How do sensory and stress responses manifest in dysregulated students, and what are the distinguishing characteristics of "sensory seekers" and "sensory avoidants"?
In dysregulated students, sensory and stress responses often manifest in two distinct types: "sensory seekers" and "sensory avoidants," or a combination of both. Sensory seekers typically exhibit hyper-aroused behaviors, characterized by impulsivity, heightened emotional states (such as anger), a sense of being 'out of control' or disruptive, and poor behavioral choices. These students may display aggression or combativeness as a result of their heightened sensory seeking. On the other hand, sensory avoidants present hypo-aroused characteristics, appearing unmotivated, sluggish, or like a 'bump on a log.' They may withdraw and shut down, attempting to flee from their surroundings, and often face challenges in maintaining attention.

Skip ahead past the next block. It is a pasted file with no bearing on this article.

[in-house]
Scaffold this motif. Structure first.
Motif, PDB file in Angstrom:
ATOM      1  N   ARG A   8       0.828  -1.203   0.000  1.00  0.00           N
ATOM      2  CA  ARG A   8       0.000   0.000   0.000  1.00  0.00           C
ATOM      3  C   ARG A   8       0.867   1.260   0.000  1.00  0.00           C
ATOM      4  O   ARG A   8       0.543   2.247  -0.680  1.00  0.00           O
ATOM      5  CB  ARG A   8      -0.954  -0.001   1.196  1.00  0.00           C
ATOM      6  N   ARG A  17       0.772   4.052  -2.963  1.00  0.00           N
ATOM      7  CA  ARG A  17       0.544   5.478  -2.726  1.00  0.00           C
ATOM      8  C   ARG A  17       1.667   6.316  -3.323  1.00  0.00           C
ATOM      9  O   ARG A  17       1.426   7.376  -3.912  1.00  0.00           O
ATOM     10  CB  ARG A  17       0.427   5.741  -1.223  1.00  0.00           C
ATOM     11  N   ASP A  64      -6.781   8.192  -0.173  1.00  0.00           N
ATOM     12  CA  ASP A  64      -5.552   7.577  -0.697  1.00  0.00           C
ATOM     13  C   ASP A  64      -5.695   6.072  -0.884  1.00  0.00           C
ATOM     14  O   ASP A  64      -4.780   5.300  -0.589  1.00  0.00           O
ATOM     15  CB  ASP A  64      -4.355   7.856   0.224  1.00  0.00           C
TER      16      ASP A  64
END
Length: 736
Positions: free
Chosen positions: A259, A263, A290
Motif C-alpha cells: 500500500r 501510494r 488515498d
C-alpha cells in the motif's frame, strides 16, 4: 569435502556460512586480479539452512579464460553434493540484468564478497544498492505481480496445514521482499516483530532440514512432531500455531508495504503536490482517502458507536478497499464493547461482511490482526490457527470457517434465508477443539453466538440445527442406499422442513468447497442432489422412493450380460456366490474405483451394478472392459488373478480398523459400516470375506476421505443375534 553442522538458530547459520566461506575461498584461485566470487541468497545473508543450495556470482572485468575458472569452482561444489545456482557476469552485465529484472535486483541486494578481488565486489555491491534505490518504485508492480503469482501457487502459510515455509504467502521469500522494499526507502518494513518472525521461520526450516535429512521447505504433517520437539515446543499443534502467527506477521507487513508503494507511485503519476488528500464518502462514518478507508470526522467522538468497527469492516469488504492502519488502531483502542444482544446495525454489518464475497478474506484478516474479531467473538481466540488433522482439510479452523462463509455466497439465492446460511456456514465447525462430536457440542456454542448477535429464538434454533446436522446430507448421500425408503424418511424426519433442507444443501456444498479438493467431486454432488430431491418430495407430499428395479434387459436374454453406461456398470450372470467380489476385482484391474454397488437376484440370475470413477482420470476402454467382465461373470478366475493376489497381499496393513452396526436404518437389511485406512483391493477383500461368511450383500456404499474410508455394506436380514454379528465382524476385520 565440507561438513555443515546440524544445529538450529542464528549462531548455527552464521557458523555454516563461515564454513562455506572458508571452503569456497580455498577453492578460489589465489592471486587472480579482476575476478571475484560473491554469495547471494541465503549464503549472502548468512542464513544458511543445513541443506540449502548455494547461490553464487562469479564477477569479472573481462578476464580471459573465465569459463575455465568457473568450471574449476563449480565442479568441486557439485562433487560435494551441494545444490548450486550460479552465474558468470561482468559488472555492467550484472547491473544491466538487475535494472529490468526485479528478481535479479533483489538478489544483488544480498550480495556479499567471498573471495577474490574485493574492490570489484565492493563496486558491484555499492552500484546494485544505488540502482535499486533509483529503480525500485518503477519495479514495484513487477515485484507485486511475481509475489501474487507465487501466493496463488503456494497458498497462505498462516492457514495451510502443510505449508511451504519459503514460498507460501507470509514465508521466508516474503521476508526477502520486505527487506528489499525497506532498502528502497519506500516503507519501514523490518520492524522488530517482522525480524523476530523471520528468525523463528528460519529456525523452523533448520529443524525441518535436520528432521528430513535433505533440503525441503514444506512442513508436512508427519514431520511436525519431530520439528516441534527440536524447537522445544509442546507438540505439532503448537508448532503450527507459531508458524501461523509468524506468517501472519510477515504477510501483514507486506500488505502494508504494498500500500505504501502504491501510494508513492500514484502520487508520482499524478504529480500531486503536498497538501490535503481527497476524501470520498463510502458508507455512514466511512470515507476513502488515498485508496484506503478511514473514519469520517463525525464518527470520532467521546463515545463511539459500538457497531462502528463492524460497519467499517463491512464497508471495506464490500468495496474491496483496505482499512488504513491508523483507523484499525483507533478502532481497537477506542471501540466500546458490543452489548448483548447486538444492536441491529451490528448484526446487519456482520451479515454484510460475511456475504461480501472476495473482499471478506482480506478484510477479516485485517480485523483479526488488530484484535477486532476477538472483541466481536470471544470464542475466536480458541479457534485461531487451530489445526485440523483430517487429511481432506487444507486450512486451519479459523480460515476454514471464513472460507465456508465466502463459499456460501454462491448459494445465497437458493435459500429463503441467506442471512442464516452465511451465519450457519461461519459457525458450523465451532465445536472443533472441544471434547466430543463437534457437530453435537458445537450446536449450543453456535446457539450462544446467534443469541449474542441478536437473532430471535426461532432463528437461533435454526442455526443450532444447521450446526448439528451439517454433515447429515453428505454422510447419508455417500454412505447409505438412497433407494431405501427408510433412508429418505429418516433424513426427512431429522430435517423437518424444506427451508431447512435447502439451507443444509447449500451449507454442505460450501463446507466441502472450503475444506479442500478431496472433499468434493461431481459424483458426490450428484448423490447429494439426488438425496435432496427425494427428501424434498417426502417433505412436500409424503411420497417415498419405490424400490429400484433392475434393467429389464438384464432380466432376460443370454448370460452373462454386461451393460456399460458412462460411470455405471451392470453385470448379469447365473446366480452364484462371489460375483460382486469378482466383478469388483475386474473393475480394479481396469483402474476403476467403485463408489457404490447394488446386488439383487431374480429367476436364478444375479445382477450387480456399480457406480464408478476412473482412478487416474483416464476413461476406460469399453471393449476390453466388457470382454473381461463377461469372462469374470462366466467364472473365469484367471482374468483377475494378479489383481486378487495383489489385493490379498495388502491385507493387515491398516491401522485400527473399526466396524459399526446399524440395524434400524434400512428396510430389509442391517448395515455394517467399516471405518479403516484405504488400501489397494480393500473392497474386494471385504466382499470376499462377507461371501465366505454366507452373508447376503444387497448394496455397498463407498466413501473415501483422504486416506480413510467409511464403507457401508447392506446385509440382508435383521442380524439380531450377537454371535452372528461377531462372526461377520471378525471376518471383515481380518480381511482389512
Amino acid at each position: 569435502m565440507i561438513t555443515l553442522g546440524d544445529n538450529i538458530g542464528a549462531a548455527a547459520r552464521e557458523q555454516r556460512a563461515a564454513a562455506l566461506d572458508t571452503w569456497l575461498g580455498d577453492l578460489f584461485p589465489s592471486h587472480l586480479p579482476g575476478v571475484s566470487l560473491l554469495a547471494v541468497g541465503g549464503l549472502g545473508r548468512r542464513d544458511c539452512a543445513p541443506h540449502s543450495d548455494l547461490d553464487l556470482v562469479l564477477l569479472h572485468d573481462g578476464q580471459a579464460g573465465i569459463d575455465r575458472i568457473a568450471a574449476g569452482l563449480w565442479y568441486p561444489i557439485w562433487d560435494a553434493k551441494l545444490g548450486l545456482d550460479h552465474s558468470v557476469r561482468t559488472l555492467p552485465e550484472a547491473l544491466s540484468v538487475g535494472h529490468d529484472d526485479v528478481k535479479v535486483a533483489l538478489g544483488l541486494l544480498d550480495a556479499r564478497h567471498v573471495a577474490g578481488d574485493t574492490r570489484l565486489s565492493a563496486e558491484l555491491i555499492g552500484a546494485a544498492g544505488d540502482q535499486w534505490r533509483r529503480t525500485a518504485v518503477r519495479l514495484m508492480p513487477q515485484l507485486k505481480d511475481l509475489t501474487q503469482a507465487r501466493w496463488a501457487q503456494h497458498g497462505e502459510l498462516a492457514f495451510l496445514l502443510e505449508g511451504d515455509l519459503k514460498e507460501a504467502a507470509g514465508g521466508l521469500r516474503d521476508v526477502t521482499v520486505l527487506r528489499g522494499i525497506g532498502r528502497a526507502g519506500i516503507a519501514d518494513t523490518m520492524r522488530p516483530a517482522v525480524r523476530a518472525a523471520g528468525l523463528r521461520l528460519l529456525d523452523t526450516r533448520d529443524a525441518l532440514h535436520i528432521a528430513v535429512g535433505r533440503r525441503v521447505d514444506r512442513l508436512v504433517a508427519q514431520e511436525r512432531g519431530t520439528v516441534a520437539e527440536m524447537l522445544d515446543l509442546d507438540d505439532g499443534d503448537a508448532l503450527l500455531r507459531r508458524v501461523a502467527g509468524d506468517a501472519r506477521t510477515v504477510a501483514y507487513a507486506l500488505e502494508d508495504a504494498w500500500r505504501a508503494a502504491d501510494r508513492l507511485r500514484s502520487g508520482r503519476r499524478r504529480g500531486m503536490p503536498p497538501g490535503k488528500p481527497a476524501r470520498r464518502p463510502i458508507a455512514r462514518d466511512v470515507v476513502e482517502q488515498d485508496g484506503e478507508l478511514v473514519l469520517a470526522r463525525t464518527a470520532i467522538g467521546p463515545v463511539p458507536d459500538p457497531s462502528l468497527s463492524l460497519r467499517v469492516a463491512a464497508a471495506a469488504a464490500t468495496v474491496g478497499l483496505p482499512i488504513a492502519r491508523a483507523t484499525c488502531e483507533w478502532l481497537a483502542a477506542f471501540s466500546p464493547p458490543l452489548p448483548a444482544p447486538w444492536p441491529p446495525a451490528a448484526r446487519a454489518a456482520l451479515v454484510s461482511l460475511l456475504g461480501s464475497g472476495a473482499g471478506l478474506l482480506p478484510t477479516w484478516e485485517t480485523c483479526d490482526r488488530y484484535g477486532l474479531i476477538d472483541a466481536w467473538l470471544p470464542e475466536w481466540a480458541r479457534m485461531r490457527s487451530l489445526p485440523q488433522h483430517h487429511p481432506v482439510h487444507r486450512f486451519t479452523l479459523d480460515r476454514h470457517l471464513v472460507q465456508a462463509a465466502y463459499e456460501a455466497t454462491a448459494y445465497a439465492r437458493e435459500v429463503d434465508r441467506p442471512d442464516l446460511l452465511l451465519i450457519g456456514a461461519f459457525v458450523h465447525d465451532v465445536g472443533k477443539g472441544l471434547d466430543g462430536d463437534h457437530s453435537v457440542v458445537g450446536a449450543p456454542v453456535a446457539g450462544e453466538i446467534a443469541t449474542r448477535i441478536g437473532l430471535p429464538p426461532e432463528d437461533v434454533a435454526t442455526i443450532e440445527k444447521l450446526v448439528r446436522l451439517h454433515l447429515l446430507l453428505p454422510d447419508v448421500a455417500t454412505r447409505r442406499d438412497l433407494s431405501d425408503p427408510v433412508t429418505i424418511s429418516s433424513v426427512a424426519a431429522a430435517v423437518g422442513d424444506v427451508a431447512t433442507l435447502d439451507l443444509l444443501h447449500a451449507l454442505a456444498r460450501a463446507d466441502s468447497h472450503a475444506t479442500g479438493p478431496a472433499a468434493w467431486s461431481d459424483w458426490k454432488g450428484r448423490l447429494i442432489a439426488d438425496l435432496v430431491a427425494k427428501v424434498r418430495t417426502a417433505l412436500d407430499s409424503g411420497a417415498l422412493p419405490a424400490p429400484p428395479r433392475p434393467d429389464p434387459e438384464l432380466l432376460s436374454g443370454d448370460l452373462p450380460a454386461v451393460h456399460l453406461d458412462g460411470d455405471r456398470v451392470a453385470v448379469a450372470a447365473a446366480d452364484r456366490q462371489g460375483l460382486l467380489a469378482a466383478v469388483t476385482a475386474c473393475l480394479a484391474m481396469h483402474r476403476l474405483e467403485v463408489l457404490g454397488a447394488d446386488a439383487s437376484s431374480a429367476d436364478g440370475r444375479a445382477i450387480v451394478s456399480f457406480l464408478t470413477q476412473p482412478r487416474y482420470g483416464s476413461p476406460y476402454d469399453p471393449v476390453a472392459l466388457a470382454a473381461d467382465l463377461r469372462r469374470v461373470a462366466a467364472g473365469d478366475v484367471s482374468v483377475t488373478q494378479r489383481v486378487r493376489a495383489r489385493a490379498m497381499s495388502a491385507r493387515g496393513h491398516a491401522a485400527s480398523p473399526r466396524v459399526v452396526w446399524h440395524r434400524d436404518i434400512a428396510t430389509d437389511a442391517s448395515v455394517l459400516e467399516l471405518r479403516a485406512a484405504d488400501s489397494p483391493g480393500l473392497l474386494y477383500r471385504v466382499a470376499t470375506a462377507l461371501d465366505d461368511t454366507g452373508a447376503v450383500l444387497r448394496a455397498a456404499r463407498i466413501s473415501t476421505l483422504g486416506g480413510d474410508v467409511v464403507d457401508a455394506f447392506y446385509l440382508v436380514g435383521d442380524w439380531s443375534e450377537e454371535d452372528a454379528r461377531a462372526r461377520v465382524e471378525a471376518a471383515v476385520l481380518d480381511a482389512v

It's crucial to recognize that both sensory seekers and sensory avoidants are dysregulated, struggling with the self-regulation necessary for effective learning. The outward "acting out" behavior observed in these students serves as a signal of the nervous system's need for self-regulation, emphasizing the importance of addressing sensory and stress responses to create an environment conducive to learning and emotional well-being.
This Ask the Expert is an edited excerpt from the course, Yoga Tools for Children K-5: Mindful Movement for Pediatric and School-Based Therapists by Amy M. Starkey, COTA/L, CTP-E, CYMHS.